Understanding the naïve, distorted prism through which the United States views the rest of the world.
In this scholarly book, Pillar (Center for Security Studies, Georgetown Univ.; Intelligence and U.S. Foreign Policy: Iraq, 9/11, and Misguided Reform, 2011, etc.) examines some of the national characteristics and proclivities that encourage Americans to see the world in overly optimistic, Manichaean terms and the dangerous impact thereof on foreign policy. With the “moat” of two vast oceans separating the American continent from the troubled, crowded European theater—and while enjoying the bounty of massive natural resources without enemies in proximity—Americans tend to project a benevolent view of the world and expect the rest of the world to comply. America’s “exceptionalism”—an ingrained sense that the nation is unlike any other, founded on enlightened principles, free of nasty imperial history, and therefore superior—sets it on a collision course with the rest of the world, which does not share its sense of entitlement. Part of what Pillar sees as America’s “uncorrected ignorance” was generated early on, before America became a global power, without the “close and continuous interaction or competition with other countries that would have challenged American ideology and American conventional wisdom.” The country’s long period of invulnerability from foreign threats impedes it from sharing in other countries’ real security fears, engendering insensitivity and bewilderment, while the sharp distinctions between good and bad—e.g., presidents calling the enemy the “evil empire” and “axis of evil”—harken back to a period of heightened religiosity. Pillar argues that this profound lack of self-awareness has had a detrimental effect on American foreign policy by working from the demonizing presumption that “the adversary is always up to no good” (e.g., Iran), exacerbating common perceptions about “foreigners.” Furthermore, partisan competition often compounds avoidable misunderstandings.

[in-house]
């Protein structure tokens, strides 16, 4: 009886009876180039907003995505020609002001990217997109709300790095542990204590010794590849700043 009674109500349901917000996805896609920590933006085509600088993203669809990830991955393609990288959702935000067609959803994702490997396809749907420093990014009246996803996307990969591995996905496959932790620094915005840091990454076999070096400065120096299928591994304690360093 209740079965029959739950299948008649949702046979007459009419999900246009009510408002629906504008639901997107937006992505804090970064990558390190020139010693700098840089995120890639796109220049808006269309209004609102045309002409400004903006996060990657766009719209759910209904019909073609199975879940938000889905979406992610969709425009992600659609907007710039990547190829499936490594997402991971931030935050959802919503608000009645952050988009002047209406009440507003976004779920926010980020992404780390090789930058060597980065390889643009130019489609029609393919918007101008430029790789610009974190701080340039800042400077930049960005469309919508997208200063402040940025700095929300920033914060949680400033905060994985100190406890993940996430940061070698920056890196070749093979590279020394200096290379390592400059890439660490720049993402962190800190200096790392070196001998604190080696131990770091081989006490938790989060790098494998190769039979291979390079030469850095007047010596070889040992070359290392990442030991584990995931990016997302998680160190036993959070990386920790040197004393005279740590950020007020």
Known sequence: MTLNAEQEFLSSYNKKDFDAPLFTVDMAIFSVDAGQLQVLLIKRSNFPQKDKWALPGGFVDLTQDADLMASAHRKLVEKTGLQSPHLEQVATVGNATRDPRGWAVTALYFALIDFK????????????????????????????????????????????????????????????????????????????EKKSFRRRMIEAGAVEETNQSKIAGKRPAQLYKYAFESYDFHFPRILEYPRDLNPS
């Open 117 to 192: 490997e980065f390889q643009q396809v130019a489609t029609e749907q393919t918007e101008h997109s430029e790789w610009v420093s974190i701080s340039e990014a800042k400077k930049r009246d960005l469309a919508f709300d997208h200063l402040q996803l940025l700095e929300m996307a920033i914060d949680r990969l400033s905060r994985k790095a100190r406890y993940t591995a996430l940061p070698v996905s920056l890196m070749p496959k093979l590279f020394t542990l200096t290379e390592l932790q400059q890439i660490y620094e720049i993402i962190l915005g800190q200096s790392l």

Although academic and largely unspecific, the book offers much fodder for the running debate about America’s role in the world.